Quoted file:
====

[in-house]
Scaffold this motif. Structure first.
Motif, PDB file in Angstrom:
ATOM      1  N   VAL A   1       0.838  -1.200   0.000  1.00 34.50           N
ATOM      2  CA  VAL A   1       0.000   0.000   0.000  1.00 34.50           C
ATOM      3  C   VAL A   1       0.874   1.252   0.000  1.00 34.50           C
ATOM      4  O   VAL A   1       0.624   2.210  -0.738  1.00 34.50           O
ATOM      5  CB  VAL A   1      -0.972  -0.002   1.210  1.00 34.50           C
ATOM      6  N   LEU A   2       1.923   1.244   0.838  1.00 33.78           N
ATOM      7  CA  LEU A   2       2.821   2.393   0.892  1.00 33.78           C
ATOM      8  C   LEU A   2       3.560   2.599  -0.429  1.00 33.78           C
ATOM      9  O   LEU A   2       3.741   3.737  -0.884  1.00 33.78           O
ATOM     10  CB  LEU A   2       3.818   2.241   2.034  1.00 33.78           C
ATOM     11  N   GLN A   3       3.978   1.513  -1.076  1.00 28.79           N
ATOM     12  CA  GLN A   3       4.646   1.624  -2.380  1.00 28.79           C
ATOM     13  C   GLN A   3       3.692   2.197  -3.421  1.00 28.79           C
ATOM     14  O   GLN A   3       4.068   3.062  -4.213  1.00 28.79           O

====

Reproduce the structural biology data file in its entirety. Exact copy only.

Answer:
[in-house]
Scaffold this motif. Structure first.
Motif, PDB file in Angstrom:
ATOM      1  N   VAL A   1       0.838  -1.200   0.000  1.00 34.50           N
ATOM      2  CA  VAL A   1       0.000   0.000   0.000  1.00 34.50           C
ATOM      3  C   VAL A   1       0.874   1.252   0.000  1.00 34.50           C
ATOM      4  O   VAL A   1       0.624   2.210  -0.738  1.00 34.50           O
ATOM      5  CB  VAL A   1      -0.972  -0.002   1.210  1.00 34.50           C
ATOM      6  N   LEU A   2       1.923   1.244   0.838  1.00 33.78           N
ATOM      7  CA  LEU A   2       2.821   2.393   0.892  1.00 33.78           C
ATOM      8  C   LEU A   2       3.560   2.599  -0.429  1.00 33.78           C
ATOM      9  O   LEU A   2       3.741   3.737  -0.884  1.00 33.78           O
ATOM     10  CB  LEU A   2       3.818   2.241   2.034  1.00 33.78           C
ATOM     11  N   GLN A   3       3.978   1.513  -1.076  1.00 28.79           N
ATOM     12  CA  GLN A   3       4.646   1.624  -2.380  1.00 28.79           C
ATOM     13  C   GLN A   3       3.692   2.197  -3.421  1.00 28.79           C
ATOM     14  O   GLN A   3       4.068   3.062  -4.213  1.00 28.79           O